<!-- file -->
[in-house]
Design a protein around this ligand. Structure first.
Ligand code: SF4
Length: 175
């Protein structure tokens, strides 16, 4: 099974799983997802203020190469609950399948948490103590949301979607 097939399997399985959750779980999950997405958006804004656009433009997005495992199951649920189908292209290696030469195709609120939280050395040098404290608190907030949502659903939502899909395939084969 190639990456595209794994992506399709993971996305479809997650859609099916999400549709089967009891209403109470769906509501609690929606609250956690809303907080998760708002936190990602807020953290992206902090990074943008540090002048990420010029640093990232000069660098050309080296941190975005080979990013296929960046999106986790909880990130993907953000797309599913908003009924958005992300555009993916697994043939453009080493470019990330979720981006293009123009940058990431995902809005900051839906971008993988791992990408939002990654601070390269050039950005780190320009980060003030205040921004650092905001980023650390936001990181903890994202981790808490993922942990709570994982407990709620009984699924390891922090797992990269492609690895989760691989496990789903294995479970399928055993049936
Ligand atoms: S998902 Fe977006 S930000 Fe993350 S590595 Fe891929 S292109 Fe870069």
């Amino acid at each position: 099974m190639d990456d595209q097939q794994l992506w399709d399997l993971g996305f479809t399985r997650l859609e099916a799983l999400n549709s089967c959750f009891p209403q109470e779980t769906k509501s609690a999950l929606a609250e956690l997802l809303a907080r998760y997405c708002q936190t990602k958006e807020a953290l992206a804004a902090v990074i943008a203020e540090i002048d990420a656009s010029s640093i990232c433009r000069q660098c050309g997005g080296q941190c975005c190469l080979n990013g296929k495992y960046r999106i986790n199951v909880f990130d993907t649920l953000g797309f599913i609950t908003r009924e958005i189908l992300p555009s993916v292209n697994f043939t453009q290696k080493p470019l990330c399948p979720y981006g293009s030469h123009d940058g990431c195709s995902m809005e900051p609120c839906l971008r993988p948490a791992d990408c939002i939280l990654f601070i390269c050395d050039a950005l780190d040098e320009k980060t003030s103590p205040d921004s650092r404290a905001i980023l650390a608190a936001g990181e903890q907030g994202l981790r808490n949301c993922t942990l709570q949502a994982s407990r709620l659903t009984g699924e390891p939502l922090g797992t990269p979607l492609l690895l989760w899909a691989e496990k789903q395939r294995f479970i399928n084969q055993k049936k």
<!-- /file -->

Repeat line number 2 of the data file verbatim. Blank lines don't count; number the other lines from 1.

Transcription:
Design a protein around this ligand. Structure first.